26th February 2008
DESIGN LED: Creating the right exhibition stand
Following on from last month’s article about why you need to consider the design of your exhibition stand and how it can affect your budget, Ian Whiteling looks at the factors to take into account to get the look and feel right.
Get the design of your stand right and it’s well worth the money, but get it wrong and you jeopardise your entire event presence. So what factors do you need to take into account to make sure you get it right?
“We try to focus on our clients’ objectives – the reason why they are exhibiting,” says Carl Criscione, marketing manager at stand designers Equniox. “Your services, messages or products all have specific needs, a successful design satisfies and builds itself around those needs. You are at the show for a reason; a good looking stand has it’s place, but it's only one part of the mix.”
Stuart Reeves, creative director at global experience marketing company George P Johnson (GPJ) agrees, saying: “Although I work with global brands such as Motorola, Cisco, IBM and Unilever, the rules of good stand design are the same irrespective of company size. The starting-point for any stand has to be the business’ objectives. As a designer I’m the first to appreciate attractive design, clever new materials, exciting new lighting ideas – and I could point you in the direction of the latest gimmicks and gizmos. But frankly it's about how your stand supports the business’ goals that really matters.”
GPJ recently asked event managers from 125 companies what their exhibition business goals were with the following results:
- Enhanced customer relationships
- Increased brand awareness
- Increased knowledge of products/services
- Increased brand preference
- Product demonstration
- New product launch
- Lead generation
Each of these will have key implications for a stand’s design, so it’s vital to make sure you’re clear about your aims before deciding to exhibit and try to stick to one or two. If you must have several objectives, then make sure they are clearly prioritised.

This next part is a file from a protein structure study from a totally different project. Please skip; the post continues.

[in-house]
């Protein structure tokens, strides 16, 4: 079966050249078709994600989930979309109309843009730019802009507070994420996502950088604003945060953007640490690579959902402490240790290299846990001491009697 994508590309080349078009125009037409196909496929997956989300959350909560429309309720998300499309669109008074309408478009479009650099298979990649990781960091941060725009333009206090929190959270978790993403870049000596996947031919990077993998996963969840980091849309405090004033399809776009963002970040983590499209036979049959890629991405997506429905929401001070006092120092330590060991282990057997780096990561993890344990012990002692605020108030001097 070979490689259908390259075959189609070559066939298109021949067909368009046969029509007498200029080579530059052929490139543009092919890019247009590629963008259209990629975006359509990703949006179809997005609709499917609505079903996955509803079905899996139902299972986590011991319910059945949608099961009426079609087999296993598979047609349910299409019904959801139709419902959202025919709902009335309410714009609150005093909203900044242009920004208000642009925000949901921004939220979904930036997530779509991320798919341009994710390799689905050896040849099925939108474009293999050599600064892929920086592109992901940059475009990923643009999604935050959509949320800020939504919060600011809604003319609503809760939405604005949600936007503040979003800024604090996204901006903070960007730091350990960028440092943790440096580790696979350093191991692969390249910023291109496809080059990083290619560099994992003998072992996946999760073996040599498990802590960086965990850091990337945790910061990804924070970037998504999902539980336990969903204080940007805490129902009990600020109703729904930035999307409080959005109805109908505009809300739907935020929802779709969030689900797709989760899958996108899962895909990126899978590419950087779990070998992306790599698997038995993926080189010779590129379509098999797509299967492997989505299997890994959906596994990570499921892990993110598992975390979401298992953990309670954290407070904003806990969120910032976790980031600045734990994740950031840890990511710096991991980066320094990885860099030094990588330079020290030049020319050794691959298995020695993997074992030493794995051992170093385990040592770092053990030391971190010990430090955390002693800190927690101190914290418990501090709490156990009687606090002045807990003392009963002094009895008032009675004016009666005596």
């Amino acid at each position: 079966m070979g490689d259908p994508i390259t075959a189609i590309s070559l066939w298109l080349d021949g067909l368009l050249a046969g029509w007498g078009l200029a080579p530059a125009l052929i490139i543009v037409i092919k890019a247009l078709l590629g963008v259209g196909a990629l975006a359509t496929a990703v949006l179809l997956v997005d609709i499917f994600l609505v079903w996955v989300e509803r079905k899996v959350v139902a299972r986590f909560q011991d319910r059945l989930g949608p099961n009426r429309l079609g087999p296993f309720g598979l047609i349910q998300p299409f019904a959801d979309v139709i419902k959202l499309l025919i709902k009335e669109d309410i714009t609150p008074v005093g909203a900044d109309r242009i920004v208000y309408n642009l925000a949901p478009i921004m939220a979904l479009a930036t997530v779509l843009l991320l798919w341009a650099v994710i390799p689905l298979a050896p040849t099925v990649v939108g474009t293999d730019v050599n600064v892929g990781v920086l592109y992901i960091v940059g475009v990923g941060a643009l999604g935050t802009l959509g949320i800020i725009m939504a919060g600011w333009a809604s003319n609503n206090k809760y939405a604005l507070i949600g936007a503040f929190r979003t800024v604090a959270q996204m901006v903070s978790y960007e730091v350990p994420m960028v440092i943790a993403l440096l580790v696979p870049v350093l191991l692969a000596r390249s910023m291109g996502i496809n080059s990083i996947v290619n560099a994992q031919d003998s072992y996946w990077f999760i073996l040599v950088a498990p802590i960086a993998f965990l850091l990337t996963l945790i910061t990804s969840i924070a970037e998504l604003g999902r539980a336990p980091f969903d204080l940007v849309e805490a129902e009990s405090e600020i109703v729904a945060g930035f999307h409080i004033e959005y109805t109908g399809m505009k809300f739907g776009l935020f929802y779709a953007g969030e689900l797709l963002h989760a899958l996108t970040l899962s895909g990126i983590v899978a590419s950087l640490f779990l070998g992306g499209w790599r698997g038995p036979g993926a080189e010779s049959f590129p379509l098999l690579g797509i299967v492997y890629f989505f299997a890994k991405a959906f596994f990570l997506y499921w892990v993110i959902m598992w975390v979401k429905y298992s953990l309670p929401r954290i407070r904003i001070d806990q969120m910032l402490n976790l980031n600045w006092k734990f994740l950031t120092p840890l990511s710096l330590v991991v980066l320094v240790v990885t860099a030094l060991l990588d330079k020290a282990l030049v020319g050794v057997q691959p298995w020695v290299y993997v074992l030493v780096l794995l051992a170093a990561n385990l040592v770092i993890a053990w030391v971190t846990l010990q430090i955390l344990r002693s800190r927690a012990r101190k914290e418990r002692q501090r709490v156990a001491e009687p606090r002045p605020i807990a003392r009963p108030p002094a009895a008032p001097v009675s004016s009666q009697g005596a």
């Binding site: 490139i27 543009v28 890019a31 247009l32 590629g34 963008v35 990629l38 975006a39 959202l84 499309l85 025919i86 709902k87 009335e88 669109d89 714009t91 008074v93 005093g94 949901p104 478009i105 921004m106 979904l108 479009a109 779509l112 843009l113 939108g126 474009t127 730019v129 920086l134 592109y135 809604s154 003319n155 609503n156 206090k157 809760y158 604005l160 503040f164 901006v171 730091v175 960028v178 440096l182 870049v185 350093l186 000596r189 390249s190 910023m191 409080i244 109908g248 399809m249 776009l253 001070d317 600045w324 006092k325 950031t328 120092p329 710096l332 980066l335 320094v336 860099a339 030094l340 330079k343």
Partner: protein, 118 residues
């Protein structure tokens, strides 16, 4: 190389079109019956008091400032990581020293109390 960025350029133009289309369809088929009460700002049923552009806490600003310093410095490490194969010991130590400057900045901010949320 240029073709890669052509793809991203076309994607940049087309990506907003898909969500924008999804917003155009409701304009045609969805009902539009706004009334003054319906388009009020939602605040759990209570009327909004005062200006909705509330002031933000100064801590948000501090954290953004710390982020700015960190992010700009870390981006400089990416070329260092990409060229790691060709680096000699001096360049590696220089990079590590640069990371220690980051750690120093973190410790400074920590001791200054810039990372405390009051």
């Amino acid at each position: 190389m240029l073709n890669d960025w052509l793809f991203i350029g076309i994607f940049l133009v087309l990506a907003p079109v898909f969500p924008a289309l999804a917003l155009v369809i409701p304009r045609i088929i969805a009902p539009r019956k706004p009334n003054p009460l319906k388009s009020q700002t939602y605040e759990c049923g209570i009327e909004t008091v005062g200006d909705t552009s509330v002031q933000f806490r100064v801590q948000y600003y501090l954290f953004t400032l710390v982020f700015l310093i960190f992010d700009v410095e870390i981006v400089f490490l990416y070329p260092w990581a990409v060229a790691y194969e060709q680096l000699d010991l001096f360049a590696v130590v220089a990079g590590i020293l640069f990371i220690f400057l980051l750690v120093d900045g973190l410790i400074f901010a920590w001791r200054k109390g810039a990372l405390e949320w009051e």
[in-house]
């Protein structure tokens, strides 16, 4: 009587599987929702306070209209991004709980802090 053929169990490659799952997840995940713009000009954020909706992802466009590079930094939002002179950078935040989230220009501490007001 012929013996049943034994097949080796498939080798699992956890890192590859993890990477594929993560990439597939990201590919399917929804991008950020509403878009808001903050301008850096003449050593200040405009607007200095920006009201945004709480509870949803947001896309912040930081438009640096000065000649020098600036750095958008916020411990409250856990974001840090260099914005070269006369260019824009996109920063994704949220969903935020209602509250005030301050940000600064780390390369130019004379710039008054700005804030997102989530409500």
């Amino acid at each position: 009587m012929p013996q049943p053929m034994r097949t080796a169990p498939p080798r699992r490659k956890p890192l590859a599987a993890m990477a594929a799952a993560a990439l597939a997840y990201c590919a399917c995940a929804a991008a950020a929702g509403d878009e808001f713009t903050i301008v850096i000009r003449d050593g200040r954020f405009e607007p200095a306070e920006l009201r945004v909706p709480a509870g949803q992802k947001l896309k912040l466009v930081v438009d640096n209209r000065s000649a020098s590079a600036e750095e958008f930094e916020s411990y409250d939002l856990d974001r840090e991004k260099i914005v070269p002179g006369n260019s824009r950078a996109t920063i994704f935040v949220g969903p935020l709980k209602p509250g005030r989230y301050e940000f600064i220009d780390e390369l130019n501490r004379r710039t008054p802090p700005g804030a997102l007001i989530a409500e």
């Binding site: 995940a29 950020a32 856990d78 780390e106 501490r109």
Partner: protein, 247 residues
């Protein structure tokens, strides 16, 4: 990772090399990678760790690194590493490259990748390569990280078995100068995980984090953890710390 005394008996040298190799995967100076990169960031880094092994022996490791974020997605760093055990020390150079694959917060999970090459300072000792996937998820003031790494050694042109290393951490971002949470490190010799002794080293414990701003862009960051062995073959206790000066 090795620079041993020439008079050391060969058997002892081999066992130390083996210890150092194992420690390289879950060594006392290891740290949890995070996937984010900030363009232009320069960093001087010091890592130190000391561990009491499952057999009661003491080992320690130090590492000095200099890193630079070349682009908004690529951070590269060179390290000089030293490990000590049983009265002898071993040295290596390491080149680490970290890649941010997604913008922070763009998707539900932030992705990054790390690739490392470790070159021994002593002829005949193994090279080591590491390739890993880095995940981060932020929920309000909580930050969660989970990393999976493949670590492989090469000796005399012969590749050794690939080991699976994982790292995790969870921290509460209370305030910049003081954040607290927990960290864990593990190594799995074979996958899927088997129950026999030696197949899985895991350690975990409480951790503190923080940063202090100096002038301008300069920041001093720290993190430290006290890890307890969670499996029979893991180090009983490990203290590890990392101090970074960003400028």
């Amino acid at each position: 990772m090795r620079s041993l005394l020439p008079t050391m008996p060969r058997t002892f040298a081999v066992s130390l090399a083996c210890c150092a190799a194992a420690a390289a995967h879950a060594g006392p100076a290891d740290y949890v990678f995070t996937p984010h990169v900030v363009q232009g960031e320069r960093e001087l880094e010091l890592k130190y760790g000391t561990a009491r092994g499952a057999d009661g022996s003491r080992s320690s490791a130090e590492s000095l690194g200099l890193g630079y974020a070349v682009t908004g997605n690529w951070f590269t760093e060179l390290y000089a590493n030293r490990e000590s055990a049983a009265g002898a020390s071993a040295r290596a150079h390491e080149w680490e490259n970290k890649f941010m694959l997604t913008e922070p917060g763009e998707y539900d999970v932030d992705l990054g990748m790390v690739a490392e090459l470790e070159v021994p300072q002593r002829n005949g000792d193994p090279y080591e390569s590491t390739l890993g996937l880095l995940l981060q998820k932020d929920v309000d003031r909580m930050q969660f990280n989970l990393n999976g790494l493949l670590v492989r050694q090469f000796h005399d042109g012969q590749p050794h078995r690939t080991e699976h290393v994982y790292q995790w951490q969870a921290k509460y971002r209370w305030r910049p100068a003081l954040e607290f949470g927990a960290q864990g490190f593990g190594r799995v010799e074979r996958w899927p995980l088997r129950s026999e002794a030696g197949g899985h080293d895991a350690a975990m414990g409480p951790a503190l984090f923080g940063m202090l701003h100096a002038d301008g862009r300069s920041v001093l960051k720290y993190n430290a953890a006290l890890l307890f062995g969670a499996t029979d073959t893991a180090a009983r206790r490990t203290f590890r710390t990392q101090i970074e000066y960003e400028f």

“If your main priority is demonstrating new technology,” says Reeves, “the stand’s design will be quite different than if you’re showcasing new branding or using the event to launch a new product. This sounds obvious, but you only need to look at your own experience at shows to see how often even the biggest exhibitors overlook this basic rule.”
If you’re demonstrating new technology, you’ll need some kind of platform to be clearly seen and space for your audience. You could also film the demonstration and simultaneously project close ups on screens around your stand. This could then be shown in between the physical demonstrations to increase engagement and inform.
A launch is about presenting clear concise information about the new product or service, while visually and physically getting across the brand. Often this can be done by taking people on a ‘journey’, which can also be used if your aim is to increase product or service knowledge.
GPJ worked with Nissan on its exhibition presence during the 2006/7 automotive show season. The key aim was to allow visitors to learn about the Infiniti brand and vehicles. This was achieved through the use of special interactive mirrors.
“Three large panes were placed side by side, each displaying rear-projected content from a high-lumen projector,” explains Reeves. “A visitor standing in front of the mirrors has the unusual sensation of seeing their reflection and the projected content simultaneously.”